From Timothy Pickering
Philadelphia July 1. 1799.
This morning’s mail brought me your letter of the 25th. I will forward the two letters you inclosed for John Trumbull Esqr. & Mr Dandridge, to the care of Mr King, by the Grantham packet, which is to sail this week.1
Governor Davie of No. Carolina is appointed, and, should the mission proceed, will accept the place of Envoy to the French Republic, in the room of Patrick Henry Esqr. who declined, and is since dead.2 I have made no publication of this fact, nor shall I do it. Would to God it was possible to annihilate the original act—and the remembrance of it. I am most respectfully sir, your obt servt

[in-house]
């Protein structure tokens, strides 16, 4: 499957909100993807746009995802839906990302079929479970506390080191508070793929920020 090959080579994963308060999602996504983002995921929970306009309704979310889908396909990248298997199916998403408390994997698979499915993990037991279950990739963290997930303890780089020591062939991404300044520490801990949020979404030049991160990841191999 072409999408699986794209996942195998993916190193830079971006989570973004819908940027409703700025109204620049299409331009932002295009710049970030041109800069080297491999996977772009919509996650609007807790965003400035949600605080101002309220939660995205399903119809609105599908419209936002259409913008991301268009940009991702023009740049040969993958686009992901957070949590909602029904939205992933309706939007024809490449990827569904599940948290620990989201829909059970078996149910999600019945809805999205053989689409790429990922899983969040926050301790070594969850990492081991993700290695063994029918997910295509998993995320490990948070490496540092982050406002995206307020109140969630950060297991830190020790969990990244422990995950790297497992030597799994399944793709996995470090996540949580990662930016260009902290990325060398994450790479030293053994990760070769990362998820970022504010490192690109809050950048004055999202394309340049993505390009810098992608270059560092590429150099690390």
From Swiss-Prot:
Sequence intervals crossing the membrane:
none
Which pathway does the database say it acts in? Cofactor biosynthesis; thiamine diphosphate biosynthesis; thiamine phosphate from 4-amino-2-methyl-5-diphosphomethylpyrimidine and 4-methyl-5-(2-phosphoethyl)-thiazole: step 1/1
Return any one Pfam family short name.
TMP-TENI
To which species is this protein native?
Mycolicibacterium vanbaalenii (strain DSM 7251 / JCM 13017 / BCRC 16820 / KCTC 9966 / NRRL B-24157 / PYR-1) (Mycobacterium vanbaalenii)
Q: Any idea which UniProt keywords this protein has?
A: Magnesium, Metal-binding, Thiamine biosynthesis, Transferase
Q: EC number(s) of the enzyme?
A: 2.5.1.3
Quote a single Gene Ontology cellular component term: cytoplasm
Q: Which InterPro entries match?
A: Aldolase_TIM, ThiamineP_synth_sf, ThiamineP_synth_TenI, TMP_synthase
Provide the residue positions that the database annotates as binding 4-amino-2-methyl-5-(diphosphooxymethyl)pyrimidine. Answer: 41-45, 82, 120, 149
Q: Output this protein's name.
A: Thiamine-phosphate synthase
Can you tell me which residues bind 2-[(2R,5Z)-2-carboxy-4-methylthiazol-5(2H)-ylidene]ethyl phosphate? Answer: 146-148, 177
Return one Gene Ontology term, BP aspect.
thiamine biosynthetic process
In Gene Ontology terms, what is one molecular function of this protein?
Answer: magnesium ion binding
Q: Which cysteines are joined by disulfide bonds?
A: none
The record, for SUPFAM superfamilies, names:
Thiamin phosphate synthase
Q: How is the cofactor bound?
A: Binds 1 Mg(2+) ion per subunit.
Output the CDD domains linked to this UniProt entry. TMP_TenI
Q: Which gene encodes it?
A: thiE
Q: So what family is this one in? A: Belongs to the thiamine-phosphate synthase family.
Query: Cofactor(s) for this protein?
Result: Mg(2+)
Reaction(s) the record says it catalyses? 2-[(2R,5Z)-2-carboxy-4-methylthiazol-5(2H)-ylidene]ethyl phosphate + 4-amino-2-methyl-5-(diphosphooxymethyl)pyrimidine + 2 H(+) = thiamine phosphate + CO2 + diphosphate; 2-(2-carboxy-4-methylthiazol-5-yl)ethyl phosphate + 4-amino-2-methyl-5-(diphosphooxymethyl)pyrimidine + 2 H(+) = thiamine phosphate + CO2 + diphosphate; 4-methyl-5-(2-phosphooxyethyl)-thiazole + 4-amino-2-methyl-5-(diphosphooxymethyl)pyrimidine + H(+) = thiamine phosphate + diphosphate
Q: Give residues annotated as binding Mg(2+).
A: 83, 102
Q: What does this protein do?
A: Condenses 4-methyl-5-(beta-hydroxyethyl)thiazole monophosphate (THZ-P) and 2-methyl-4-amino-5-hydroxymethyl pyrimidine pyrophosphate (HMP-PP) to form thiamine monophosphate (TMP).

P.S. I inclose a letter confirming the report that La Fayette has been thought of for the French Envoy to the U. States.3
ALS (letterpress copy), MHi: Pickering Papers.
2. Pickering on 1 June sent to William R. Davie his appointment as “Envoy Extraordinary and Minister Plenipotentiary to the French Republic,” with the request that Davie would advise him “whether, if it should become necessary, your acceptance of it may be expected.” Davie’s acceptance is dated 17 June (MHi: Pickering Papers).